Theory of Mind: The Key for Interpersonal Connection

September 25, 2019
Theory of mind facilitates human social connection. Thanks to theory of mind, you can deduce the intentions, thoughts, and desires of other people and adjust your behavior accordingly.

Theory of mind is a socio-cognitive ability that allows you to connect with others. This skill goes much farther than simply believing you know what someone else is thinking or feeling in a given moment. Theory of mind allows you to understand that what others feel and think might be quite different from what you experience in that same moment.

Gregory Batenson, a psychologist and anthropologist, introduced this concept and gave us the key to understanding a large part of our social behavior. Theory of mind makes it possible for you to realize that the people around you have thoughts and beliefs separate from your own.

So humans, just like many animals, are required to predict others’ behavior. You have to intuit what other people could be thinking or feeling so that you can adjust your behavior in an appropriate way. We’re talking, then, about a series of very sophisticated cognitive processes, a sort of cutting-edge technology on an emotional level.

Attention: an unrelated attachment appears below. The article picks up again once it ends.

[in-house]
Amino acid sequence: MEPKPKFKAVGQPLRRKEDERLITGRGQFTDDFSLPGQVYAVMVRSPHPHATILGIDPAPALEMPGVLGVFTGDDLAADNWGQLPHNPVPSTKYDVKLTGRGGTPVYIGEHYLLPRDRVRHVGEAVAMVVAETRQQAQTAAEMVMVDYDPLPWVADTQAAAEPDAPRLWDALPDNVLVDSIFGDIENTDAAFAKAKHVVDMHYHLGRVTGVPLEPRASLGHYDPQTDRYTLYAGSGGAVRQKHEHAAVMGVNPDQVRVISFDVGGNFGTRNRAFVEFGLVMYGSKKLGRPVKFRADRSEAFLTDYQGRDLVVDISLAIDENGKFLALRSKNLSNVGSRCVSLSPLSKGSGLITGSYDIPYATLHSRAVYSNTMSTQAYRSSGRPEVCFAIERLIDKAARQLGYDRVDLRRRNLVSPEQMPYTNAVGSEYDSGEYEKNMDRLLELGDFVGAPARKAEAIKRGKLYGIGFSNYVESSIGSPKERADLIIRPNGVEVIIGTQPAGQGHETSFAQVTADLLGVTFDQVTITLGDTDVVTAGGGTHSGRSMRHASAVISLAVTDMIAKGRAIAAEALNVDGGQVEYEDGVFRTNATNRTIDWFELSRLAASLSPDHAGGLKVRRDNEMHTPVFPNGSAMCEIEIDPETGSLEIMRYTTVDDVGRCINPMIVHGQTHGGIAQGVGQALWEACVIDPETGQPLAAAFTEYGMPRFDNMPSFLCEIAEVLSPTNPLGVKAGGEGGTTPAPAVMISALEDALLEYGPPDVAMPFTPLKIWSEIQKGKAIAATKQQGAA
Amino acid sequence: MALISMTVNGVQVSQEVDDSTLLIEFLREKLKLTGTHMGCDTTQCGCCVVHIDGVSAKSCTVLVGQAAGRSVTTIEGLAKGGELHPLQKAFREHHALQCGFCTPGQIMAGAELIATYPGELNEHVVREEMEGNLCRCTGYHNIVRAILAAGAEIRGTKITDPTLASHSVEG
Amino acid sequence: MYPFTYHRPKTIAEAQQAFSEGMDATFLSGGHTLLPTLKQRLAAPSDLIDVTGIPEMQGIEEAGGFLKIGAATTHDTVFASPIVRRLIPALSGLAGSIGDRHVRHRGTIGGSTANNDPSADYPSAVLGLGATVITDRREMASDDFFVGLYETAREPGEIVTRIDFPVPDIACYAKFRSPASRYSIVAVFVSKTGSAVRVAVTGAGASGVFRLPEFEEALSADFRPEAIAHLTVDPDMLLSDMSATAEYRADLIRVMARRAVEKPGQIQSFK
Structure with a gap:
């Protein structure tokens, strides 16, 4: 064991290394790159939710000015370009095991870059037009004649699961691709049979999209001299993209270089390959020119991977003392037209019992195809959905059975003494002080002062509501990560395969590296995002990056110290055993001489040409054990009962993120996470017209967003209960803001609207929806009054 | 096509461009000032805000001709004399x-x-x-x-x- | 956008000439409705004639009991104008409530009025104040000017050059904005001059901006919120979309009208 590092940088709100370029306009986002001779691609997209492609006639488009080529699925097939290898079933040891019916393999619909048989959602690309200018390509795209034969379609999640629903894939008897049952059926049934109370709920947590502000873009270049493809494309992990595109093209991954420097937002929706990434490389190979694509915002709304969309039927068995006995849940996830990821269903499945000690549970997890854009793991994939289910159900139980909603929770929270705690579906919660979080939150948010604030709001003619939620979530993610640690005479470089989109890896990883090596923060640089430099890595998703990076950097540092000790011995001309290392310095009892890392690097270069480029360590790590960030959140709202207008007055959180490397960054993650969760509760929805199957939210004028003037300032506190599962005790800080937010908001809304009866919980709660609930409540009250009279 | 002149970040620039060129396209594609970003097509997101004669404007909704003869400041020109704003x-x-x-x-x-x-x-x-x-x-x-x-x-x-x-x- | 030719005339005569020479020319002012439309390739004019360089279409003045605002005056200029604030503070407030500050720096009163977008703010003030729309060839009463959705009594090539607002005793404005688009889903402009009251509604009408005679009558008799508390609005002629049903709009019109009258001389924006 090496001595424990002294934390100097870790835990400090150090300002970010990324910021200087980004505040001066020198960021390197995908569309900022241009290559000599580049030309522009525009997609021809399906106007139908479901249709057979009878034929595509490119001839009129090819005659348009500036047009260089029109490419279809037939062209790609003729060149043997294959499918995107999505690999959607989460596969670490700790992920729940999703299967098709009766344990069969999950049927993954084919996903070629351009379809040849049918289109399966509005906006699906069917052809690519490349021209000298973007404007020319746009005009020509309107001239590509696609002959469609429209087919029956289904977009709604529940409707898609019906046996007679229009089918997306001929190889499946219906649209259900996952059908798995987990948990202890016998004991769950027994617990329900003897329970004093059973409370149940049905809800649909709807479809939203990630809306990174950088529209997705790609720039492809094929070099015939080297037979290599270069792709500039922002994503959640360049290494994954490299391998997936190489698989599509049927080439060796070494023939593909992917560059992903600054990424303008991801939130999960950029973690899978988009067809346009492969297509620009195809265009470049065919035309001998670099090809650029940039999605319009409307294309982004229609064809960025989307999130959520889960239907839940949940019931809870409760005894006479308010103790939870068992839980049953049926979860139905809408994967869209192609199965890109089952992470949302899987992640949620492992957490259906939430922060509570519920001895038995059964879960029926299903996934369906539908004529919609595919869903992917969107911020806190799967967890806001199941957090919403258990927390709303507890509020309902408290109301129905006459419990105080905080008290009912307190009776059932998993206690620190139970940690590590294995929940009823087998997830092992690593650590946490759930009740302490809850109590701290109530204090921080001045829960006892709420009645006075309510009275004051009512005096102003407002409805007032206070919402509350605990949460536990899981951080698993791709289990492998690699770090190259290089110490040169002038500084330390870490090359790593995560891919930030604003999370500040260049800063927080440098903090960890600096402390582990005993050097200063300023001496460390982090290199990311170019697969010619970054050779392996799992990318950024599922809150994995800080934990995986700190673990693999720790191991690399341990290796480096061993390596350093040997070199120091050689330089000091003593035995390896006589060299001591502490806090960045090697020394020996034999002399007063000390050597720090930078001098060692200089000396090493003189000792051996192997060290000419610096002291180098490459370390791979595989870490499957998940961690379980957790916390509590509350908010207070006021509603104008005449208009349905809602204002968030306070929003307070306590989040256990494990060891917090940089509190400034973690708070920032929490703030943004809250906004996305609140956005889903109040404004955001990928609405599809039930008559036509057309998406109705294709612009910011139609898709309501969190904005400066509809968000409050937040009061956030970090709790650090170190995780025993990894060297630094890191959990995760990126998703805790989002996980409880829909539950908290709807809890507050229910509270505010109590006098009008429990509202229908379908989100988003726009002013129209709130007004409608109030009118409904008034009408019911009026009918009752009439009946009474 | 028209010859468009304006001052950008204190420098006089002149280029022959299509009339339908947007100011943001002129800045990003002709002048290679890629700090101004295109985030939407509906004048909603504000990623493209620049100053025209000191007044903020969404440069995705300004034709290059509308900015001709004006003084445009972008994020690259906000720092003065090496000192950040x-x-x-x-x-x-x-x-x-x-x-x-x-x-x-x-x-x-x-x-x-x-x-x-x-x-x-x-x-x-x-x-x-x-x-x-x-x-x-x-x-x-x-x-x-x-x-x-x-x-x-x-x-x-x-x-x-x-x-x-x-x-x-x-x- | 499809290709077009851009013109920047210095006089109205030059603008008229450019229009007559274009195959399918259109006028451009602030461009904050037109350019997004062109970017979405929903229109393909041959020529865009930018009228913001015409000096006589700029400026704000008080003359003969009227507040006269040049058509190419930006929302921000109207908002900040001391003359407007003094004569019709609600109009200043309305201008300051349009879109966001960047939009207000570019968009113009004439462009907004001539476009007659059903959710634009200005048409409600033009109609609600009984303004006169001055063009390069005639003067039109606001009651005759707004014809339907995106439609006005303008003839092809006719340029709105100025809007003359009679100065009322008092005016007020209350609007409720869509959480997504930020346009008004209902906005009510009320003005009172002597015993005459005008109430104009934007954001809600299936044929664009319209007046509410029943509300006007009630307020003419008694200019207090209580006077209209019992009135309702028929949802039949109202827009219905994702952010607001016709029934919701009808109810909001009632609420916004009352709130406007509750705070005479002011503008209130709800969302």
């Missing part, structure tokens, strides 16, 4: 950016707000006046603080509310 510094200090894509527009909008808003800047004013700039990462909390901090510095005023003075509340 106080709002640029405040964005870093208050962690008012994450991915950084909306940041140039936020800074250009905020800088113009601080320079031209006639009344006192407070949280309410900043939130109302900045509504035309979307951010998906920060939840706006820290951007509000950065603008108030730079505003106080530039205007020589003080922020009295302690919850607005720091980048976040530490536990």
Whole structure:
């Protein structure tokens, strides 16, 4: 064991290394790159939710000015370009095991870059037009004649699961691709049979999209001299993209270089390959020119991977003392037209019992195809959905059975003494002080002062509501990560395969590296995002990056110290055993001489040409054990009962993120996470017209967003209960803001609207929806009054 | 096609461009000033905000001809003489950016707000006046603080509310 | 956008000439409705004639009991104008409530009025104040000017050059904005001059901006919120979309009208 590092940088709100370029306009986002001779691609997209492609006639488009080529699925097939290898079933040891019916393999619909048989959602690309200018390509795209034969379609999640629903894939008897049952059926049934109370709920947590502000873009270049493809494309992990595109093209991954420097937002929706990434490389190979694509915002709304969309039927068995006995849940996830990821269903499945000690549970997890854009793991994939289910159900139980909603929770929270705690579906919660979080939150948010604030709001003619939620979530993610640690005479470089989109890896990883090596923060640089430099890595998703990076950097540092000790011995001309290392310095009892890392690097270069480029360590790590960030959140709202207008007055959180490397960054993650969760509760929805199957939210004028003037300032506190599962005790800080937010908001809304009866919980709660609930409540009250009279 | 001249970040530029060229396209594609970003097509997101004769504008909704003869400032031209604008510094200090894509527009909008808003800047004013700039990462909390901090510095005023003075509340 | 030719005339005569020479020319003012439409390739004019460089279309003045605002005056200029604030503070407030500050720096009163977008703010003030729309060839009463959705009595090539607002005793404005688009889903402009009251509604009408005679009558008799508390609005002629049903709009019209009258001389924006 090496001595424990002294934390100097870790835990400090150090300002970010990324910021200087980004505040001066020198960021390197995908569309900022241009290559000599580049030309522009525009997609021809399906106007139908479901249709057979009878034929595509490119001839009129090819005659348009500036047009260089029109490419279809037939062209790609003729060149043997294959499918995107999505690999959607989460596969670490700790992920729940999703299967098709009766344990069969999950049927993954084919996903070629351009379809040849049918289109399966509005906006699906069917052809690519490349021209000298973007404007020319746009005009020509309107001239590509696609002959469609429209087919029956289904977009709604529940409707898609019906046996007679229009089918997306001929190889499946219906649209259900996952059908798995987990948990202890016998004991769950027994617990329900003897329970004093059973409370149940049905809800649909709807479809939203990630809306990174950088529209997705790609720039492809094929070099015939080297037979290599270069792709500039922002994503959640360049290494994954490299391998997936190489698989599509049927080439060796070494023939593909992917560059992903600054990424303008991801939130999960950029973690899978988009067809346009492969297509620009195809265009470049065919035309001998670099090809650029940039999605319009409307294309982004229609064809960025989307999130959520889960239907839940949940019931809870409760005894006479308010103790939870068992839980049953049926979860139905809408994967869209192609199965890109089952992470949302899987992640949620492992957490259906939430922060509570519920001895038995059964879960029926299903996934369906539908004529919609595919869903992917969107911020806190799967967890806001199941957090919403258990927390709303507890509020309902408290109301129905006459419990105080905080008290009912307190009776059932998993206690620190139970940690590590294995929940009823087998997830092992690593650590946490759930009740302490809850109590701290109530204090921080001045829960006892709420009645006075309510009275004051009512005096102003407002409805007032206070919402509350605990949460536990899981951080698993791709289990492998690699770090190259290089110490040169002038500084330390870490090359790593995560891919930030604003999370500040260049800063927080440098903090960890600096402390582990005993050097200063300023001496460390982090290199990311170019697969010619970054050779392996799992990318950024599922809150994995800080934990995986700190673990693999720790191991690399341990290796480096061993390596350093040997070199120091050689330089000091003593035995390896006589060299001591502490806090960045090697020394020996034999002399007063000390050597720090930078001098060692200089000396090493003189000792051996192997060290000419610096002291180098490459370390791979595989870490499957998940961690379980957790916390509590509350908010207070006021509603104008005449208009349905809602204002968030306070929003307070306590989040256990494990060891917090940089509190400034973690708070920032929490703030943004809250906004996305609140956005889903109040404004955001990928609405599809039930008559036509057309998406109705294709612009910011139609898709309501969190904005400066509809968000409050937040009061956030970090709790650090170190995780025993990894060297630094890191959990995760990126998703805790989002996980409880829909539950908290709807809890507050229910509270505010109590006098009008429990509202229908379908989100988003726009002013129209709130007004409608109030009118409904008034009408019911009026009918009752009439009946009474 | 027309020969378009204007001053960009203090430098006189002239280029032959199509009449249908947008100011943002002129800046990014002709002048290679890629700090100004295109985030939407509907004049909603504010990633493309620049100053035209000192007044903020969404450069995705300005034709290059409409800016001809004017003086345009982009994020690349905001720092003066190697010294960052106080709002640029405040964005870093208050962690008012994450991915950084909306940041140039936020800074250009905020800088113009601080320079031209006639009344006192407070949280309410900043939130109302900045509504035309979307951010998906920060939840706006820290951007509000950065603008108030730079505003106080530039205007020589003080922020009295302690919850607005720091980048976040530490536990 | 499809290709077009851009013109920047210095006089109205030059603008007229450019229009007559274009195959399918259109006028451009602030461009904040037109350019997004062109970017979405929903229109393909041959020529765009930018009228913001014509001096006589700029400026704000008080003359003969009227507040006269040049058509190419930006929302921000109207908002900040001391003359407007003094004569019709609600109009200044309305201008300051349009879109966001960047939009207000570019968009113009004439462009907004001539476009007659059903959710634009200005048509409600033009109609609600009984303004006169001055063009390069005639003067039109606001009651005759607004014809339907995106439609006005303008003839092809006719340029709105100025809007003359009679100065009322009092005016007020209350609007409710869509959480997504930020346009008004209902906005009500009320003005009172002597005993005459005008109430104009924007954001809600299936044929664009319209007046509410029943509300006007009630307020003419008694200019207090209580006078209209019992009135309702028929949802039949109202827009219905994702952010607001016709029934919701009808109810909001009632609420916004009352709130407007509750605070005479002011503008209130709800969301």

“We are what we think. All that we are arises with our thoughts. With our thoughts, we make the world.”

-Buddha-

Outlines of people overlaid on an image of a tree.

Theory of mind: The most important socio-cognitive ability

We often talk about empathy as the essential ability to enable human connection. It’s true that empathy is a basic social glue that helps us connect and understand other perspectives. That being said, it’s also entirely correct to say that theory of mind is actually much more important for social relationships than empathy.

Empathy helps you know that other people can feel the same as you, while Batenson’s theory allows you to understand that your reality and mine might be very different. Theory of mind helps you understand that I might be lying to you, for example. It also enables you to know that you might react very differently than someone else to the same stimulus.